The National Transportation Safety Board announced Friday the third sonar search for the El Faro did not come up with anything.
This was the third of 13 sonar side scans that will be conducted in the search for the sunken cargo ship.
The previous two searches also came up with nothing.
Side scan sonar systems use ultrasound technology to increase resolution of targets. Typically, a side scan sonar searches 60 to 160 feet wide at about 2 mph.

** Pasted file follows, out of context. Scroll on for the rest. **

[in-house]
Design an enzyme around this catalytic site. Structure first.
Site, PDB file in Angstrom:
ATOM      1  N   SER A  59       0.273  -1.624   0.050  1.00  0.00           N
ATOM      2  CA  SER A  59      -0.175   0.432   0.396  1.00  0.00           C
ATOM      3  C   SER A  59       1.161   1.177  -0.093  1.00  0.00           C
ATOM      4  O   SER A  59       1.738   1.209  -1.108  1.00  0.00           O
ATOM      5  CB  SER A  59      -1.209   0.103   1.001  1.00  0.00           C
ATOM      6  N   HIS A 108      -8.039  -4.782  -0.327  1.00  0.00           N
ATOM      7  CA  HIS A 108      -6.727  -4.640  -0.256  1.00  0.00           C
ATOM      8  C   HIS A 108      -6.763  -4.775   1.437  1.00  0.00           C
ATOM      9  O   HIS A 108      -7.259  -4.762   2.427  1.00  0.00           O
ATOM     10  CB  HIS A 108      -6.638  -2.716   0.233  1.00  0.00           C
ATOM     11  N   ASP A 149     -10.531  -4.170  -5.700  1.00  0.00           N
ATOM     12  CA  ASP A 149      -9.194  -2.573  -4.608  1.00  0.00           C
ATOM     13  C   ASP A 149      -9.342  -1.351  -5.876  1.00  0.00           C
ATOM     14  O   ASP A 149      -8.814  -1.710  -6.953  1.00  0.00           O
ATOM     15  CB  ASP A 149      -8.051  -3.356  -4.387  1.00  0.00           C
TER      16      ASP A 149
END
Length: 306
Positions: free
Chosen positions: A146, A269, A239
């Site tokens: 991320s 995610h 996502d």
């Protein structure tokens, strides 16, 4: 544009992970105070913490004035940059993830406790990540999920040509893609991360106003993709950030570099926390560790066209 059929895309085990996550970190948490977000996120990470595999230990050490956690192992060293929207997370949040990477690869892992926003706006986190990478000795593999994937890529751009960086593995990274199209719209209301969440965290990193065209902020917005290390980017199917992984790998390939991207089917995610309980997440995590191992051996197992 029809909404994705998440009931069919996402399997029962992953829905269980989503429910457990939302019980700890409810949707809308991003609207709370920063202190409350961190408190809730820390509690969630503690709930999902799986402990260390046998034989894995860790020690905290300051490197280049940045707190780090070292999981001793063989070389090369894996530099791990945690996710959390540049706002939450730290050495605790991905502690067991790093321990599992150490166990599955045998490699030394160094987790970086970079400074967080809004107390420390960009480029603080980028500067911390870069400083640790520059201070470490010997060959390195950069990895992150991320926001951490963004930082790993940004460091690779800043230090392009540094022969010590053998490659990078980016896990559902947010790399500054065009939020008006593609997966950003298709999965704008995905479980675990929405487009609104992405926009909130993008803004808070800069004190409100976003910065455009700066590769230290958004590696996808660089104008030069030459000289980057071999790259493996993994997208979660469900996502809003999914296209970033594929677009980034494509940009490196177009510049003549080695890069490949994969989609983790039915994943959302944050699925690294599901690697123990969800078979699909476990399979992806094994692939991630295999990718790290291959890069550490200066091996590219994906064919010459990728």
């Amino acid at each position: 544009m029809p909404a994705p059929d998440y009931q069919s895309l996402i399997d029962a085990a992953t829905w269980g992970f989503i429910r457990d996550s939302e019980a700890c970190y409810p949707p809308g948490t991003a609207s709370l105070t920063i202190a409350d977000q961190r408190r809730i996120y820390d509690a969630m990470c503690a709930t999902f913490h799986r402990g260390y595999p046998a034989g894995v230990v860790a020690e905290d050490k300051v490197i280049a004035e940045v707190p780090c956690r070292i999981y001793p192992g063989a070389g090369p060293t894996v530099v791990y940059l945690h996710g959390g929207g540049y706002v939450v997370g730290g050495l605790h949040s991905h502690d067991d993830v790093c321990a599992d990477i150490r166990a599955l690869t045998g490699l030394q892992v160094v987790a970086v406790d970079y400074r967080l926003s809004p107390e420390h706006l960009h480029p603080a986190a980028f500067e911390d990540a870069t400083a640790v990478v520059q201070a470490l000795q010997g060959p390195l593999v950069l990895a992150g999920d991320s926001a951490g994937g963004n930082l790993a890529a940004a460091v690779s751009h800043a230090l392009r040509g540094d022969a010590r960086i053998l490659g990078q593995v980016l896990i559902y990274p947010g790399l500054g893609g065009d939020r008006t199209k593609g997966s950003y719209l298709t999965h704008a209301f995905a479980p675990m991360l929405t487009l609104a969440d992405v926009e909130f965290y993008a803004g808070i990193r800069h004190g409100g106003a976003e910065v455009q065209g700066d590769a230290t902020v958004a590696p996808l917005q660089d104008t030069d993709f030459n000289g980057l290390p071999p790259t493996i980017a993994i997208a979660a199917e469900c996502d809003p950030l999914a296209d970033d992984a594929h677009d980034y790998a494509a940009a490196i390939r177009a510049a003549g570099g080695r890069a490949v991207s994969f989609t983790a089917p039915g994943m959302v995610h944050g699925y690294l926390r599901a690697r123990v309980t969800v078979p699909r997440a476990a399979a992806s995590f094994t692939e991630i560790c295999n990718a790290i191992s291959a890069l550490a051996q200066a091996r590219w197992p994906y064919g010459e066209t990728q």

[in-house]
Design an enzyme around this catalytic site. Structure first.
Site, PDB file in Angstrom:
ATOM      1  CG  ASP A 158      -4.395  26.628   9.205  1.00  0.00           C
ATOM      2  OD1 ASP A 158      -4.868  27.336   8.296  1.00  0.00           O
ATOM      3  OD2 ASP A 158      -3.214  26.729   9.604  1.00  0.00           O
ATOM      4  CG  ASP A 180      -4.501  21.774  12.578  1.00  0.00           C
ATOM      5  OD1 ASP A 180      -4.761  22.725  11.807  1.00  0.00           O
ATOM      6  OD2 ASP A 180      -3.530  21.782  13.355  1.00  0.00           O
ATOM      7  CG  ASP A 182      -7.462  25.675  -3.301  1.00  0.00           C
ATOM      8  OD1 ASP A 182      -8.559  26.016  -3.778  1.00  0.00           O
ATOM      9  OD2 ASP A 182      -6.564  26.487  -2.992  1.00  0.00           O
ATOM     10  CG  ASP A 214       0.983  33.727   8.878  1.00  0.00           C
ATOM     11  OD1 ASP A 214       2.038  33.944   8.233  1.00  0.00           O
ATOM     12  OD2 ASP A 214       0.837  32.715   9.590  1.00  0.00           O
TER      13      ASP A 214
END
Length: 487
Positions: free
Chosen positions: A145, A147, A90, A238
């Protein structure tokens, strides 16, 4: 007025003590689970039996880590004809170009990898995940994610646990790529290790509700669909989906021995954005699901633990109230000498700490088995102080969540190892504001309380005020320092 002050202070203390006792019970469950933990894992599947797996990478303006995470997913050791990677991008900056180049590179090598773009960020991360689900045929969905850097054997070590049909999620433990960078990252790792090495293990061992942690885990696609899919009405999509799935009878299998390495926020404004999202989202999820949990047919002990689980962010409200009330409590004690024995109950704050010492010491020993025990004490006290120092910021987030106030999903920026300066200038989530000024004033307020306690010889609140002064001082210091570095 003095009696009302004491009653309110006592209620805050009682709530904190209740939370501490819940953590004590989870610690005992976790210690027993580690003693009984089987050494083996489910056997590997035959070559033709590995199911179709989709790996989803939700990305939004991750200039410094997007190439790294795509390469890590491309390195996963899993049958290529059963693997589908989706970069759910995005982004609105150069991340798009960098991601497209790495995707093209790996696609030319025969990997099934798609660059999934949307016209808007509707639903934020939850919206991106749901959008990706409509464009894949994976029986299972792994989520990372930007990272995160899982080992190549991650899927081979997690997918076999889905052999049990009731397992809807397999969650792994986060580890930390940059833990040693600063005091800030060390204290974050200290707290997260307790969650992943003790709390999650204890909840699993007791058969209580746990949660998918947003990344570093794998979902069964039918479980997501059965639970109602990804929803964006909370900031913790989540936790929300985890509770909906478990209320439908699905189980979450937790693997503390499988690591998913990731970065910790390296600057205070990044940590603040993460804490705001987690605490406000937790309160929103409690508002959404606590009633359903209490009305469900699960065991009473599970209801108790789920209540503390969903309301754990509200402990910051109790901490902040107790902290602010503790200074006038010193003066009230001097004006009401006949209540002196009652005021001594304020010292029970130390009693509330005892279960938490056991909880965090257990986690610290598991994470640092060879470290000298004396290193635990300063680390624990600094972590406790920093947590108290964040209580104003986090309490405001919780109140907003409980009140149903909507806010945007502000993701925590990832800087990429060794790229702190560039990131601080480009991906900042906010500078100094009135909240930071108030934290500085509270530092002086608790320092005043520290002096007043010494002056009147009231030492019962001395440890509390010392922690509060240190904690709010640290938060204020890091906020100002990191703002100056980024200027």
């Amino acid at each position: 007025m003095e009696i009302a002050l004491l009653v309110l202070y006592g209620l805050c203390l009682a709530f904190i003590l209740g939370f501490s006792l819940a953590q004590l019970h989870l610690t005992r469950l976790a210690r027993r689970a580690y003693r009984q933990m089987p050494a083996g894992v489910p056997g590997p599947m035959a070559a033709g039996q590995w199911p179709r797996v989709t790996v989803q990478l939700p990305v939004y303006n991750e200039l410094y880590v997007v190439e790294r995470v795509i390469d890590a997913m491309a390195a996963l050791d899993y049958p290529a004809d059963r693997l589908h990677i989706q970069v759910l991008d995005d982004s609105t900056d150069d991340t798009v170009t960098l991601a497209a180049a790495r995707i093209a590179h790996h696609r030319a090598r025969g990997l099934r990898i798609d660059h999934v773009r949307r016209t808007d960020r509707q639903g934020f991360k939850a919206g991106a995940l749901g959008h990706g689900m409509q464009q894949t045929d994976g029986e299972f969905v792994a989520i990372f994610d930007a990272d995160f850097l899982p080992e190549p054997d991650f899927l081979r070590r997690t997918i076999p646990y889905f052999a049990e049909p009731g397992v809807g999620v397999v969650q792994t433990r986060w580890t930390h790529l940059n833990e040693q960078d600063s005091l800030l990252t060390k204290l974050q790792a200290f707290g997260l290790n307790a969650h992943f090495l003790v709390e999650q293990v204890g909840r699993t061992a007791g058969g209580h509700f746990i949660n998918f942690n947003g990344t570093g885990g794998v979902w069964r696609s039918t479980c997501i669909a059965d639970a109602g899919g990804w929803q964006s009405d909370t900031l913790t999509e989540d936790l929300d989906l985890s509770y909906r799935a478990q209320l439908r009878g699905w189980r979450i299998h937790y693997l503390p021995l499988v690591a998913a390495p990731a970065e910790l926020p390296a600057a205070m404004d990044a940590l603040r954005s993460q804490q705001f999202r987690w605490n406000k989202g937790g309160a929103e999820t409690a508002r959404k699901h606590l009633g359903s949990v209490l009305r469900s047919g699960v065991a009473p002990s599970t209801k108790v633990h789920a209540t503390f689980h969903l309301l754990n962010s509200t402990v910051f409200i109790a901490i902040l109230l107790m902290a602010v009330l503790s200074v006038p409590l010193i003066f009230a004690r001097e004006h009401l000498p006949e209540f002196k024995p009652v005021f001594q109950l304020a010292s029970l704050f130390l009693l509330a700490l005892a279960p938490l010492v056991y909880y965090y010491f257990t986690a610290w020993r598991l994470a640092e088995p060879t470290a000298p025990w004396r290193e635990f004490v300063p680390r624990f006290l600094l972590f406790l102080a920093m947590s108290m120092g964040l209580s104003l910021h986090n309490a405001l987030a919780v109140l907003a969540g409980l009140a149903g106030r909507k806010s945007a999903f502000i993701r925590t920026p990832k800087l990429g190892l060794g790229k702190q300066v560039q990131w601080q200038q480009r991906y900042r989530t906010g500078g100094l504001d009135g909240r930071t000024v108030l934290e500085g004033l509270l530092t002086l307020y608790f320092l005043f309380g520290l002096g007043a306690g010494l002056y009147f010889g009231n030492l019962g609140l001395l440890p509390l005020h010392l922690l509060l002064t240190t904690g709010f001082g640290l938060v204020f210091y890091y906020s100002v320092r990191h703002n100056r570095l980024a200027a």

A U.S. Navy search team is tasked with finding the missing cargo ship El Faro. The ship's last known location is northeast of Crooked Island in the Bahamas. The waters there are about 15,000 feet deep.
The Jacksonville-based El Faro disappeared Oct. 1 while making its weekly cargo run to San Juan, Puerto Rico. The ship's 28 American crew members and five Polish nationals are presumed dead.